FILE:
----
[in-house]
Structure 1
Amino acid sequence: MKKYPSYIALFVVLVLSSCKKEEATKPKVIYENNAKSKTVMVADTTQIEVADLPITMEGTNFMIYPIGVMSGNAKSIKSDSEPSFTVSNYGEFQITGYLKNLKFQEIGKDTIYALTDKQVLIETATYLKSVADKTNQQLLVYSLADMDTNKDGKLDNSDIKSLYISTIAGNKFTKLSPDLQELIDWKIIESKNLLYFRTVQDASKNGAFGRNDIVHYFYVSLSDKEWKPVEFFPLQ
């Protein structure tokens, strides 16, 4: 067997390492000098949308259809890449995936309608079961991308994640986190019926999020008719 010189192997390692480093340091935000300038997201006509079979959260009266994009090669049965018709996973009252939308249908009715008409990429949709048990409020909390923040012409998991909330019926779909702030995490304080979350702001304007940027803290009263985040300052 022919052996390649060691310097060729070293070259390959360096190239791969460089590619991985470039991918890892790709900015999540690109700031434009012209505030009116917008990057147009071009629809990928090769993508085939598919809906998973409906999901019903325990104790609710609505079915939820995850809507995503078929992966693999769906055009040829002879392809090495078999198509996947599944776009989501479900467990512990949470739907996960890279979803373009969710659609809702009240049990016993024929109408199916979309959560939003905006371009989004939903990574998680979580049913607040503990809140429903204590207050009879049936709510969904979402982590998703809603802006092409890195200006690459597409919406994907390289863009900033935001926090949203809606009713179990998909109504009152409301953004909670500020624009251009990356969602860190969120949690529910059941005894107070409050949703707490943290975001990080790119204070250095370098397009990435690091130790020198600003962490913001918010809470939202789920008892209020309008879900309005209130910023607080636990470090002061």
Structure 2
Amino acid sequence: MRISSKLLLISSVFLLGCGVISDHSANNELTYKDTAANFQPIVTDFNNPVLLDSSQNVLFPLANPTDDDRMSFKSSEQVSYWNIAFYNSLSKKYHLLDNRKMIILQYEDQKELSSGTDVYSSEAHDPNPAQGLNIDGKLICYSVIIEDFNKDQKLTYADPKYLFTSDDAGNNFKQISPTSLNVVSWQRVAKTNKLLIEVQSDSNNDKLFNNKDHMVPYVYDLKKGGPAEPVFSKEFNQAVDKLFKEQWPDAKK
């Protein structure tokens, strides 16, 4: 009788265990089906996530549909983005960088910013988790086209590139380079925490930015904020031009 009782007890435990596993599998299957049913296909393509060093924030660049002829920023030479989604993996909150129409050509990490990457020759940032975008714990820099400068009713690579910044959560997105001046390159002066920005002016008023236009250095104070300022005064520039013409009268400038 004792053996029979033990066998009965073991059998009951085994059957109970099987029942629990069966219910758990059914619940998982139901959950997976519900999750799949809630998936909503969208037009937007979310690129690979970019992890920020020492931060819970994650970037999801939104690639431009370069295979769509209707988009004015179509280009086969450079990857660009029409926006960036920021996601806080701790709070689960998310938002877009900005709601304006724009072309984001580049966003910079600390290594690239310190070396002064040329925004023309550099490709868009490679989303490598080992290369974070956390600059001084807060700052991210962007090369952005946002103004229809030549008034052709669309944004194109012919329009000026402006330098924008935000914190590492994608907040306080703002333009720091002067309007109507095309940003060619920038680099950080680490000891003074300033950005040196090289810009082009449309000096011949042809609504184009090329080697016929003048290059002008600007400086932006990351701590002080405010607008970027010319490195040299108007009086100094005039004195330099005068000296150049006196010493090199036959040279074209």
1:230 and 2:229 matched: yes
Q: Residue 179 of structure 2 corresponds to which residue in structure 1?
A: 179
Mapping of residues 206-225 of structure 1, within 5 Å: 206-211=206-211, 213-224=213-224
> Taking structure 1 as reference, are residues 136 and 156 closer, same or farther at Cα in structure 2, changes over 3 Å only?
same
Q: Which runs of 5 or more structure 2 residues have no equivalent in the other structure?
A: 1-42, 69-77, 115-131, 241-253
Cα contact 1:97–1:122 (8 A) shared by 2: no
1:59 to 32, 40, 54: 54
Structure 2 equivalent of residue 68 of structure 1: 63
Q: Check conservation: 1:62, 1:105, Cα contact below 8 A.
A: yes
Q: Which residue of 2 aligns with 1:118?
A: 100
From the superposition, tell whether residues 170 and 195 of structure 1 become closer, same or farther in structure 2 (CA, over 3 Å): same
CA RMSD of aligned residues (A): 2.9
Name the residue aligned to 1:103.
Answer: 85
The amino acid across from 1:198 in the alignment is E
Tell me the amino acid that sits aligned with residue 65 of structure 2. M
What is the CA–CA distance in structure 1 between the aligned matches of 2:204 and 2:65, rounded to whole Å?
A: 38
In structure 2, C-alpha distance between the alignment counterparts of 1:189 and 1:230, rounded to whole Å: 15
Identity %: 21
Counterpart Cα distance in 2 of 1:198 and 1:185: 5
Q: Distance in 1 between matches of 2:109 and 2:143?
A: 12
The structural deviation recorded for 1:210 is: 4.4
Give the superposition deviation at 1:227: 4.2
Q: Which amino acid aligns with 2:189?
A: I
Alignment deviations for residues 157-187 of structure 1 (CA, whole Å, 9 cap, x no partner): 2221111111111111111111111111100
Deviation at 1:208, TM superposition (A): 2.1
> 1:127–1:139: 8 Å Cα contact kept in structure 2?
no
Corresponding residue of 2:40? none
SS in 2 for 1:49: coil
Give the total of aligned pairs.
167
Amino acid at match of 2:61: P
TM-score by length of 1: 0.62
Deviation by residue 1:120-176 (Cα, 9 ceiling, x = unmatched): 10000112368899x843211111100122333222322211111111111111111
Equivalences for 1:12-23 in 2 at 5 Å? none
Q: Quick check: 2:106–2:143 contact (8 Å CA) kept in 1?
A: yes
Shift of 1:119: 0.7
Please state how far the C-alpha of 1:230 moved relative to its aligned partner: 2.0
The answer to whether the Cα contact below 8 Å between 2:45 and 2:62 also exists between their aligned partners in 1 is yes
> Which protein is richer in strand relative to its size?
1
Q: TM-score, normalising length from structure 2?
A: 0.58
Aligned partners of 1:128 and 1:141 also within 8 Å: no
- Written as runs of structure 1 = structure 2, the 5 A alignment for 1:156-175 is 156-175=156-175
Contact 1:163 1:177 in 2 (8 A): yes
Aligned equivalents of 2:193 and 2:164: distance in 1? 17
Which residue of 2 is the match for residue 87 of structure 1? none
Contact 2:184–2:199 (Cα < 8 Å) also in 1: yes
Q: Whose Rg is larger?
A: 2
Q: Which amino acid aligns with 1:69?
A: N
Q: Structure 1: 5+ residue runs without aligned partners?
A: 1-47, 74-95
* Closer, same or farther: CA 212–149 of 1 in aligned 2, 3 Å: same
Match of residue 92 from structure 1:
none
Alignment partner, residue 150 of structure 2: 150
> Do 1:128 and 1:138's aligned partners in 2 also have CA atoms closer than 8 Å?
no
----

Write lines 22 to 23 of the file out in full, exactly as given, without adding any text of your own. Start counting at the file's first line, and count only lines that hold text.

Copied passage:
A: 100
From the superposition, tell whether residues 170 and 195 of structure 1 become closer, same or farther in structure 2 (CA, over 3 Å): same